Puzzles come in all sizes and complexities. A Chanukah gift for our girls, a puzzle of 1000 pieces, turned into a month-long family project. There are some intuitive strategies for assembling puzzles all of which start with the recommendation to complete the outside border of the puzzle first. What amazed me during my participation was how many times I was “convinced” that there were pieces missing (I even thought that pieces of the border were missing). When the last pieces were being placed in by 4 year-old Isabel I relived those moments of disbelief and learned a humbling lesson (yet again): what was missing was not on the outside, what was missing was on the inside—my inability to see how the connections worked to form the parts and the whole of the puzzle.
Puzzles come in all sizes and complexities. Each and every person that comes to my therapy office presents a puzzle. Unlike puzzles that come in a box, people are often not aware of some of the puzzle pieces or they may well know pieces of the puzzle, but are not ready to turn them over. I was working in therapy with a young man who came to an insight that startled him and he spontaneously remarked: “I figured out the puzzle” followed by “And I see now that this is one piece of a much larger puzzle.”
Puzzles come in all sizes and complexities. A core Kabbalah teaching is that we are all parts of each other’s puzzle—that even if we don’t directly “touch” we are essential parts of an interconnected whole. This puzzle is not two or even three dimensional—it has dimensions that stretch beyond space and time and is constantly shifting and evolving as pieces transform through connecting. Visiting with friends or family can bring clarity or mystify even more the contours of the puzzle of who you are in each other’s lives. Have you ever had a conversation with someone about a past event and they have a recollection of it that is not the way you remember it (at all)? I witnessed this the other day when a friend told a story about me that confirmed for them a way of seeing me more favorably than I recalled was the case. There were times putting the 1000 piece puzzle together that pieces seemed to fit, but they weren’t a perfect fit—and that meant taking them apart. With people, sometimes the smoothing over of memory allows for a better fit, a way for transformation to occur that round sharp edges in a relationship.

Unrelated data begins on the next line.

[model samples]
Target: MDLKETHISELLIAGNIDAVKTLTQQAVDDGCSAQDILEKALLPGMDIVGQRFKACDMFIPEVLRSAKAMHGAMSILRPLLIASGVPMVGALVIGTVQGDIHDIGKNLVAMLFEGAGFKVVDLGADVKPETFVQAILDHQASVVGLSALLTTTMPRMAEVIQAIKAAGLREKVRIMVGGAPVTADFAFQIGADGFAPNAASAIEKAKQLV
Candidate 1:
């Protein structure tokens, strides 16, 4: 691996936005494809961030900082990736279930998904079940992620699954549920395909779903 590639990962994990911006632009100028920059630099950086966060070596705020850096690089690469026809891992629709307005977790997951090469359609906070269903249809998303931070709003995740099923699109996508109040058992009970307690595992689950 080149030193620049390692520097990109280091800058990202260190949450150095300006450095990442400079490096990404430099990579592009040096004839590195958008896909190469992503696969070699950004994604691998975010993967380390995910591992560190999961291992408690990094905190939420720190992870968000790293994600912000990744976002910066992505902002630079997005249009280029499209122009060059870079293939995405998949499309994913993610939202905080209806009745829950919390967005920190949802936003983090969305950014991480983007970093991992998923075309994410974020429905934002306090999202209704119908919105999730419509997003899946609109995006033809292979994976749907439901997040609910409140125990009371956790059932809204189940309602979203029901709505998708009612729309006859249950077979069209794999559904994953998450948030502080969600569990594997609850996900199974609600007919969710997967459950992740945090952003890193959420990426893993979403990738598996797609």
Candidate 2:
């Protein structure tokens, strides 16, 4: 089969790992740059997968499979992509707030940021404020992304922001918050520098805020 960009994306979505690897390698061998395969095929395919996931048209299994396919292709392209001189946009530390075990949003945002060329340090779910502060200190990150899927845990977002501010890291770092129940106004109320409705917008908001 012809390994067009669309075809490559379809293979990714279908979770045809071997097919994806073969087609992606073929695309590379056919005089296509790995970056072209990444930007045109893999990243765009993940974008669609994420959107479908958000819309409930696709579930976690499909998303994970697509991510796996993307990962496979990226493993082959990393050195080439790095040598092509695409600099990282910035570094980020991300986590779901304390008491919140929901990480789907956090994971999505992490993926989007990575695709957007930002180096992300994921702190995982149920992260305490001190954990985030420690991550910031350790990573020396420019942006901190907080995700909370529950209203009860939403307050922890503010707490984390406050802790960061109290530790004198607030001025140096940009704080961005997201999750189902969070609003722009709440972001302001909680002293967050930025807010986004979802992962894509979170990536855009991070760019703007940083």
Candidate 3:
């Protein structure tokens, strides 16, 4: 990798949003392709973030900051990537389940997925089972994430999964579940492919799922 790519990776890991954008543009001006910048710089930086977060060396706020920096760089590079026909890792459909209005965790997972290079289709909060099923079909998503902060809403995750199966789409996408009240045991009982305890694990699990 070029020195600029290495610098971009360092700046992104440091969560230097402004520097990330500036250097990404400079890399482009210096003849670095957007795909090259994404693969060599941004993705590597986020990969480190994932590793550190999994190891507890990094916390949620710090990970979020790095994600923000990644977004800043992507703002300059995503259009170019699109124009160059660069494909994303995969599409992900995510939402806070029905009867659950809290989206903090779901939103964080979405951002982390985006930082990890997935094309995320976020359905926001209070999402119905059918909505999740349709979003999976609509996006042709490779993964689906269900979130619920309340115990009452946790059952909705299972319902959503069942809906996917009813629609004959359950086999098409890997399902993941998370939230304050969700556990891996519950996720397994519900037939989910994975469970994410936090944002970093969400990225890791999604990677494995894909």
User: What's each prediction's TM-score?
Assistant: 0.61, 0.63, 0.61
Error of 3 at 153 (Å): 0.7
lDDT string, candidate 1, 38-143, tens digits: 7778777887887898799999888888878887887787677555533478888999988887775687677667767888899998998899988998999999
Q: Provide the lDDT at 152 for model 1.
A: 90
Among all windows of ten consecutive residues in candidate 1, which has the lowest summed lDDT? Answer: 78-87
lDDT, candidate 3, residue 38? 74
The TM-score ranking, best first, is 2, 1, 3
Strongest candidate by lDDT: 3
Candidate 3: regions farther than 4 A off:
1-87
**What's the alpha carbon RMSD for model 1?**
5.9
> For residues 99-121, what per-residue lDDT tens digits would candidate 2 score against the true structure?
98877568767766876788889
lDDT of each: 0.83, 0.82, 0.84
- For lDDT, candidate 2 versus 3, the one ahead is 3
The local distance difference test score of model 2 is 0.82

Puzzles come in all sizes and complexities. Try putting a puzzle together. See what confronts you? See what you can extrapolate from that process to the puzzle of your own life? See what lessons you learn about the interconnectedness of relationships which form the largest puzzle of all: the puzzle of existence. It is a complex puzzle not because of the infinite number of pieces. Its complexity lies in the infinite nature of the pieces as they connect to be a part of a much larger puzzle.
Anita Khaldy Kehmeier · November 27, 2018 at 3:53 pm
DO watch the superb movie – PUZZLE
Watching other people piece together jigsaw puzzles would not sound like the most inherently cinematic pursuit, nor would it seem to provide much opportunity for character development. Puzzles are a solitary activity—a chance to focus quietly and inwardly, to retreat from the peripheral noise of the outside world.
All of which makes “Puzzle” such a lovely surprise. A million tiny revelations make up one massive arc, and Kelly Macdonald positively radiates hope and joy throughout that process. The directorial debut from producer Marc Turtletaub (“Little Miss Sunshine,” “Loving”) gives Macdonald a rare and welcome starring role in which to shine—albeit in an understated and unassuming way, at first. Watching her blossom throughout the course of the film in such an unexpected way is a true pleasure. And while “Puzzle” adheres to a bit of a formula in depicting her character’s path of self-discovery, it’s filled with vivid details and lovely grace notes along the way.